Foxy
Foxy is the boss among the geldings, commanding their respect by his stoic
presence.   Foxy likes to eat more than anything else in the world.  He even
likes his worming paste.  He has a knack for opening stall doors, a trick he's
mastered so he can get to the grain in the feed bin.  Consequently, he has
a double lock on his door to prevent him from gorging himself and coming
down with a case of colic.

Despite his tough manner in the field, he's actually calm and cooperative
with riders.  His only drawback is that, well, he's a bit bumpy.  In fact, he's
been called the horse with square wheels.  He teaches beginners to sit to
the trot in a hurry, or wish they had.   His attitude seems to be, "Well, I may
not be happy about it, but it's time to go to work."  Foxy walks nicely out of
his stall and to the ring.  He stands quietly while you mount.
Taking It Slow
At this stage, try to sit to the trot only at a very slow speed.  To ride in
balance requires good control of the horse.  You certainly couldn't walk a
jerking tightrope after four lessons.  It's the same with the horse.  So take it
slow.
Before you go faster, you also must learn to control the horse better by
doing something called collection.  That means asking the horse to round
up his body to absorb more of the shock and provide a smoother gait.  
You'll learn about collection in lesson 6.  For now, keep Foxy trotting at a
nice, slow pace.  Remember, hips forward with the shock (and back).

Relax!
The sitting trot is an elusive seat.  If you try too hard when learning it, the
more elusive it becomes.  Your mind just can't fire your muscles fast
enough.  It requires a relaxed state.
You now know all the pitfalls of learning the sitting trot, so expect them.  
Don't get upright when they occur.  Leave those tensions and worries at
home.  Keep in mind that the sitting trot simply involves following the horse's
motion.  With practice, it will become as natural as the sailor's bending his
knees to absorb the shock of the waves.  I guarantee that the first time you
experience it, you'll grin from sea to sea.

Don't Do It Backward
Many students think they've learned the sitting trot correctly, but they've
actually learned it backward.  They roll back with shock, instead of forward.  
Initially, with the horse going slow, this will feel comfortable.  But once the
horse starts to move faster, you'll bounce straight up in the air again.  Why?
If you sit to the trot this way, the saddle moves before you do, and you find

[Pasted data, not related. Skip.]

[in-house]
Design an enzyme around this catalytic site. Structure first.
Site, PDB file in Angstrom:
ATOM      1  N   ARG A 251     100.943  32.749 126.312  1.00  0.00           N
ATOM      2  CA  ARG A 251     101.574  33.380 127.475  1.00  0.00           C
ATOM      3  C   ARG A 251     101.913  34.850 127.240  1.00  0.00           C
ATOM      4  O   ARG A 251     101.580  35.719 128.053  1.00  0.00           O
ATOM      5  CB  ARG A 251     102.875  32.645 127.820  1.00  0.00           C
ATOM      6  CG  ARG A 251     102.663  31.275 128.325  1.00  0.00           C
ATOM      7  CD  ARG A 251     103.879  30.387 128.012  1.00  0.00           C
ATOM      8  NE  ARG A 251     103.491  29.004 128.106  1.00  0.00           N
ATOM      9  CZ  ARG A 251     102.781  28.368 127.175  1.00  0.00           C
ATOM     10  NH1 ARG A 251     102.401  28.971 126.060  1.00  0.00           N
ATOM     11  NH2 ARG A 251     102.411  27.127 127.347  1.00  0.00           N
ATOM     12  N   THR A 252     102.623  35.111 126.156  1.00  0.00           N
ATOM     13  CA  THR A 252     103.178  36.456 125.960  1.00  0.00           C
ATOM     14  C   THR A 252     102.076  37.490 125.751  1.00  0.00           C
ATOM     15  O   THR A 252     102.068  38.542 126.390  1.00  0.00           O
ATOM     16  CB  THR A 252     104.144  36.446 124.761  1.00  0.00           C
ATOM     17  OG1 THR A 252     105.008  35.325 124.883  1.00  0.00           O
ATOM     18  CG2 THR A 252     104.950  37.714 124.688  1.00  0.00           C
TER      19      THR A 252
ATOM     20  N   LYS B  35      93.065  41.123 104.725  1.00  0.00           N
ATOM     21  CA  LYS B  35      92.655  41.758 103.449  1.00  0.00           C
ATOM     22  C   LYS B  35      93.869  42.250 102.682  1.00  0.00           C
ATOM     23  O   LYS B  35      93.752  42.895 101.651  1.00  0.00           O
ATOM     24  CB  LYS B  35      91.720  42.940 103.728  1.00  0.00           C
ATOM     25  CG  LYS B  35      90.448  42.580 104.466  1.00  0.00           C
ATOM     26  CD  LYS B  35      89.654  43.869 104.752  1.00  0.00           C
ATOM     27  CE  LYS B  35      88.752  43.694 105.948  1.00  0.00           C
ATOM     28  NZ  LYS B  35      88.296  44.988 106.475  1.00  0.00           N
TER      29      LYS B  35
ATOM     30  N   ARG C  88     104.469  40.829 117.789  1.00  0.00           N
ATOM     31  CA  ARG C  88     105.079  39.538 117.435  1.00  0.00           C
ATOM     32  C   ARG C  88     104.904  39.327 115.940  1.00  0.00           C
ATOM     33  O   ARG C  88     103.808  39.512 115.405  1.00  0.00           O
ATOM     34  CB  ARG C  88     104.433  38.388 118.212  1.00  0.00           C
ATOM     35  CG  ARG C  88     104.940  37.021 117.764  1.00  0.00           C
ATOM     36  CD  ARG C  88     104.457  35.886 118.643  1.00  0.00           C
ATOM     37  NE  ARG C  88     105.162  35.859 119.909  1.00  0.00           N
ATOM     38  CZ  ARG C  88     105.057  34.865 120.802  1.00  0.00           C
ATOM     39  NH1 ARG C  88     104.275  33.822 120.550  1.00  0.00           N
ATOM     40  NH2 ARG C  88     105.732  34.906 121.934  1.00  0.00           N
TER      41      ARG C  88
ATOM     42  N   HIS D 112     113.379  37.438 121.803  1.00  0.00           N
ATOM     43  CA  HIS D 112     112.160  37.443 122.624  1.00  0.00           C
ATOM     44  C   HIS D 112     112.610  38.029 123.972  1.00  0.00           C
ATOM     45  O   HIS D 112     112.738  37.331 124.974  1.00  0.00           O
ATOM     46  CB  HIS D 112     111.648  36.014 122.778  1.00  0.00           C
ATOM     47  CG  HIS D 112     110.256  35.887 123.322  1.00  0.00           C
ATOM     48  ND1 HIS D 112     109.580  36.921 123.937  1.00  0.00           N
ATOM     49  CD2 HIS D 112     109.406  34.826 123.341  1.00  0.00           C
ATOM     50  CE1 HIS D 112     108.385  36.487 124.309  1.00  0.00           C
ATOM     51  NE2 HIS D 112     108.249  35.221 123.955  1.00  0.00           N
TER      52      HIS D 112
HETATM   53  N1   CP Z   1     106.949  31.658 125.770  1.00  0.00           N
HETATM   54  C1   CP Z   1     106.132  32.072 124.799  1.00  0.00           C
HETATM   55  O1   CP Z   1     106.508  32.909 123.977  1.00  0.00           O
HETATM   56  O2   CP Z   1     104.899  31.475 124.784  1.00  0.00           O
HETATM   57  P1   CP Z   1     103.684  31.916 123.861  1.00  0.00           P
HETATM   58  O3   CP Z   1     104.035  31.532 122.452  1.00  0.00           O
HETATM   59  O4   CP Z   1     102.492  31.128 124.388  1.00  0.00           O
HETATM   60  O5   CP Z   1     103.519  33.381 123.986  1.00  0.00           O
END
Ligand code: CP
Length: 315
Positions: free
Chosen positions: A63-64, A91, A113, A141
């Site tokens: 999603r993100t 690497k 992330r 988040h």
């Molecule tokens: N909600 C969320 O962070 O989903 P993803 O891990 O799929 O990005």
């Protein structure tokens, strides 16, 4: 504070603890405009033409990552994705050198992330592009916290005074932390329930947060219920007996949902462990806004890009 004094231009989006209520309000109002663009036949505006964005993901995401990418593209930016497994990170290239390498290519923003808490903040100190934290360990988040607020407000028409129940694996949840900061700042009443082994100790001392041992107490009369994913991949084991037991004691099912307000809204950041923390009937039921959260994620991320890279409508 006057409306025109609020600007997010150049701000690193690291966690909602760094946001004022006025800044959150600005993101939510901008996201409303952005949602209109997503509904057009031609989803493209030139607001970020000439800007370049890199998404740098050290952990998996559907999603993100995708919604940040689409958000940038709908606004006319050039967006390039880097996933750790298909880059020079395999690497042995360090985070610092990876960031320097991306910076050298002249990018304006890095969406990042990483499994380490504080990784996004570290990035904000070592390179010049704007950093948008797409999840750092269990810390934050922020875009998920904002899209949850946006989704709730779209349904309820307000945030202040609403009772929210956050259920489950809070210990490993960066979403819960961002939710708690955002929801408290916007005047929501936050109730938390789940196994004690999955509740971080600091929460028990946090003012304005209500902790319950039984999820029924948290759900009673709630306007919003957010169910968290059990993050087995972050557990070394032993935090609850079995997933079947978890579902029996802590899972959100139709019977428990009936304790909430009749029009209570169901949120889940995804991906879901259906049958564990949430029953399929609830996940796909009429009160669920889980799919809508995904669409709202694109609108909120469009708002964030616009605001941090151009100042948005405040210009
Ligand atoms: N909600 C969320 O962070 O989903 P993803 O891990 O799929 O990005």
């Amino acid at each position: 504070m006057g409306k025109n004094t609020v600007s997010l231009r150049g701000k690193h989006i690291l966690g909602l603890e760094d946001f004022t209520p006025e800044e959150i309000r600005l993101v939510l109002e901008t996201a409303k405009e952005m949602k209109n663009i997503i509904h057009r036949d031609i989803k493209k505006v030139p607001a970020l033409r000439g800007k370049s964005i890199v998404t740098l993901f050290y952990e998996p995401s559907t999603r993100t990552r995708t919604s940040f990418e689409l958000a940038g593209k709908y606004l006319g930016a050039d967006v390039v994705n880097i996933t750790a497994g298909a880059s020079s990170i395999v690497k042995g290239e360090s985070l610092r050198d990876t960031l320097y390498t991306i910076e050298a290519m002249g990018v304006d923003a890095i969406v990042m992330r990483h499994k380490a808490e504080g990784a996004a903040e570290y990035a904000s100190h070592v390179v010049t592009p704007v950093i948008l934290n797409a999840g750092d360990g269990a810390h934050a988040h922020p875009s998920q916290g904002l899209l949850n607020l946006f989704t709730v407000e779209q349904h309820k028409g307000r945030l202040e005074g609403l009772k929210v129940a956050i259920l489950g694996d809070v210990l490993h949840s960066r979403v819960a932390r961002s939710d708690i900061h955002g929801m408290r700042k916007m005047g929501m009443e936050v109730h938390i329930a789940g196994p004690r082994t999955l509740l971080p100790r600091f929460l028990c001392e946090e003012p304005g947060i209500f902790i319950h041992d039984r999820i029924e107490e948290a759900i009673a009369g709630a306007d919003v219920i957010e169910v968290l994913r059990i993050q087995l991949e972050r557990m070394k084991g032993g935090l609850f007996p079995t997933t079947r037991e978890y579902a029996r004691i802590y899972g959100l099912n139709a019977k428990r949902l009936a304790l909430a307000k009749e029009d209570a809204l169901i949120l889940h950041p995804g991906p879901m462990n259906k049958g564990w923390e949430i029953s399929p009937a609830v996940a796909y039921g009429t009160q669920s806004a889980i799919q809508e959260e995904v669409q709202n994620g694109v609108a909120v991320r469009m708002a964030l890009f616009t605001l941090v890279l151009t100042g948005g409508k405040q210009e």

yourself constantly playing catch-up.  Your legs creep forward and your
back hunches.  Before you know it, the bouncing is bruising your butt and
jarring your teeth.  You may very likely come right out of the saddle.

So if your instructor tells you, "You're legs are too far forward and you're
hunching your back," you're probably sitting to the trot backwards.  This can
be hard to see, even for your instructor.  Make sure you roll your hips and
those butt bones forward with the shock.

Private or Group Lessons?

I generally favor group lessons because students find them to be
more fun.  You get to meet other aspiring riders,
make new friends, and share your triumphs and woes.  
In addition, learning to ride takes time in the saddle, and
you can get in twice as much riding time in a group lesson
for less cost.  Group lessons usually run one hour and cost
from around $40 to $45, depending on where you live;
private lessons generally last half an hour
and cost from $55 to $65.

If, however, you run into trouble learning a particular skill,
consider taking a private lesson.  Sometimes that extra instruction,
combined with more practice, is all you need to get back on track.
You're on track if you can:

Stay on the horse at the sitting trot (extra kudos if you don't grip or
bounce).

Use your arms and legs to communicate with the horse while sitting
to the trot.

Turn the horse while maintaining your posture.

Realize when you've lost your rhythm, stop, and start over.

Why You Can't Sneak Up on a Horse

The horse's eyes have three lids.  You can see two of them;
the third, least visible one helps keep the eye free of dirt and dust.  
After all,it would be pretty difficult for the horse to wipe a
speck of dust out of his eye with a 15-pound hoof,
especially one that has a steel shoe on it.

Notice that the horse's eyes are located on the side of the head.  
That's why he can't see you well if you stand directly in front of him.  
He can, however, see very well to the side and, with his head
down, almost in a full circle, an evolutionary adaptation that
helped protect him from predators in the wild.

Even at night, you can't sneak up on a horse because his
large pupils permit excellent night vision.  If you're out on the trail
after the sun goes down, you might need to worry about hitting
your head on a branch, but you don't need to worry about the horse
hitting his.
TAKING IT SLOW
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